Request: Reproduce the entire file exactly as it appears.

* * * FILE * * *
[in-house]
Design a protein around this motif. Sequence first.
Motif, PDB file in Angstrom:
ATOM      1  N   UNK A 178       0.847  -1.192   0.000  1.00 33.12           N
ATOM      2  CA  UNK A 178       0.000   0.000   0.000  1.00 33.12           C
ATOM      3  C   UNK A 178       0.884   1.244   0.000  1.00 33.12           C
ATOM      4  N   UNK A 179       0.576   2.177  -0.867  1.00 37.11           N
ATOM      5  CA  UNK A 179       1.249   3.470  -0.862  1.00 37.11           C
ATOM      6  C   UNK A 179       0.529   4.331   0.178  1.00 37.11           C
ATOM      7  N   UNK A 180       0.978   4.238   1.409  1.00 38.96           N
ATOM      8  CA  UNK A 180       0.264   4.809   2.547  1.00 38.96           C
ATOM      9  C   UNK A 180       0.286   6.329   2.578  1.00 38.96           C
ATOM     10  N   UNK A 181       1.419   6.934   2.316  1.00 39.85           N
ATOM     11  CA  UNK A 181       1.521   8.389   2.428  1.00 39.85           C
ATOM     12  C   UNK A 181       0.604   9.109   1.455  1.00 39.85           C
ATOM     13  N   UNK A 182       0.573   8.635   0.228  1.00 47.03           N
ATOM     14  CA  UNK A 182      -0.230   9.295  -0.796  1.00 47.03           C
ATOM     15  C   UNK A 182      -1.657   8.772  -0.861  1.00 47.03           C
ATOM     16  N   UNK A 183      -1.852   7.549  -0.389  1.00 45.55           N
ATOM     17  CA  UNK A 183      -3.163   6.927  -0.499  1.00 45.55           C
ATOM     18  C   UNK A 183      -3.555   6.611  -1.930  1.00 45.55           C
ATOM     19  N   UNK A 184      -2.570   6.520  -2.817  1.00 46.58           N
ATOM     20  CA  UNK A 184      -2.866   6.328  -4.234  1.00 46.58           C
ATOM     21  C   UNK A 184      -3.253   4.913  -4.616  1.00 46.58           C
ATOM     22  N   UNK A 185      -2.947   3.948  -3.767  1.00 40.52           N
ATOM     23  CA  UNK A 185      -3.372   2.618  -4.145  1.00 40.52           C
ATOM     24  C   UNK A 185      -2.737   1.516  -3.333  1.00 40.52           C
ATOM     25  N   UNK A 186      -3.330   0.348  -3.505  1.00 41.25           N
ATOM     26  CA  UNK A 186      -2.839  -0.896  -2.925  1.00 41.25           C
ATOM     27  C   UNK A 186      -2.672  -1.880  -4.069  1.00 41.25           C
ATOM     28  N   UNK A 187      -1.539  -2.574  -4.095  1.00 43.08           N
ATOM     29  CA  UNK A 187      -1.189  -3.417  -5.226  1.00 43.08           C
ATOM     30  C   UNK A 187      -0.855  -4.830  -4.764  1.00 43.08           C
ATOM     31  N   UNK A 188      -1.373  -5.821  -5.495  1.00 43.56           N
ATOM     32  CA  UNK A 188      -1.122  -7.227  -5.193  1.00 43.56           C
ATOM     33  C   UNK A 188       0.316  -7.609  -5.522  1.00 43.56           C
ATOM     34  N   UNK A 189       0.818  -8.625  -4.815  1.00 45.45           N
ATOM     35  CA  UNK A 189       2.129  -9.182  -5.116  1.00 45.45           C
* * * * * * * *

[in-house]
Design a protein around this motif. Sequence first.
Motif, PDB file in Angstrom:
ATOM      1  N   UNK A 178       0.847  -1.192   0.000  1.00 33.12           N
ATOM      2  CA  UNK A 178       0.000   0.000   0.000  1.00 33.12           C
ATOM      3  C   UNK A 178       0.884   1.244   0.000  1.00 33.12           C
ATOM      4  N   UNK A 179       0.576   2.177  -0.867  1.00 37.11           N
ATOM      5  CA  UNK A 179       1.249   3.470  -0.862  1.00 37.11           C
ATOM      6  C   UNK A 179       0.529   4.331   0.178  1.00 37.11           C
ATOM      7  N   UNK A 180       0.978   4.238   1.409  1.00 38.96           N
ATOM      8  CA  UNK A 180       0.264   4.809   2.547  1.00 38.96           C
ATOM      9  C   UNK A 180       0.286   6.329   2.578  1.00 38.96           C
ATOM     10  N   UNK A 181       1.419   6.934   2.316  1.00 39.85           N
ATOM     11  CA  UNK A 181       1.521   8.389   2.428  1.00 39.85           C
ATOM     12  C   UNK A 181       0.604   9.109   1.455  1.00 39.85           C
ATOM     13  N   UNK A 182       0.573   8.635   0.228  1.00 47.03           N
ATOM     14  CA  UNK A 182      -0.230   9.295  -0.796  1.00 47.03           C
ATOM     15  C   UNK A 182      -1.657   8.772  -0.861  1.00 47.03           C
ATOM     16  N   UNK A 183      -1.852   7.549  -0.389  1.00 45.55           N
ATOM     17  CA  UNK A 183      -3.163   6.927  -0.499  1.00 45.55           C
ATOM     18  C   UNK A 183      -3.555   6.611  -1.930  1.00 45.55           C
ATOM     19  N   UNK A 184      -2.570   6.520  -2.817  1.00 46.58           N
ATOM     20  CA  UNK A 184      -2.866   6.328  -4.234  1.00 46.58           C
ATOM     21  C   UNK A 184      -3.253   4.913  -4.616  1.00 46.58           C
ATOM     22  N   UNK A 185      -2.947   3.948  -3.767  1.00 40.52           N
ATOM     23  CA  UNK A 185      -3.372   2.618  -4.145  1.00 40.52           C
ATOM     24  C   UNK A 185      -2.737   1.516  -3.333  1.00 40.52           C
ATOM     25  N   UNK A 186      -3.330   0.348  -3.505  1.00 41.25           N
ATOM     26  CA  UNK A 186      -2.839  -0.896  -2.925  1.00 41.25           C
ATOM     27  C   UNK A 186      -2.672  -1.880  -4.069  1.00 41.25           C
ATOM     28  N   UNK A 187      -1.539  -2.574  -4.095  1.00 43.08           N
ATOM     29  CA  UNK A 187      -1.189  -3.417  -5.226  1.00 43.08           C
ATOM     30  C   UNK A 187      -0.855  -4.830  -4.764  1.00 43.08           C
ATOM     31  N   UNK A 188      -1.373  -5.821  -5.495  1.00 43.56           N
ATOM     32  CA  UNK A 188      -1.122  -7.227  -5.193  1.00 43.56           C
ATOM     33  C   UNK A 188       0.316  -7.609  -5.522  1.00 43.56           C
ATOM     34  N   UNK A 189       0.818  -8.625  -4.815  1.00 45.45           N
ATOM     35  CA  UNK A 189       2.129  -9.182  -5.116  1.00 45.45           C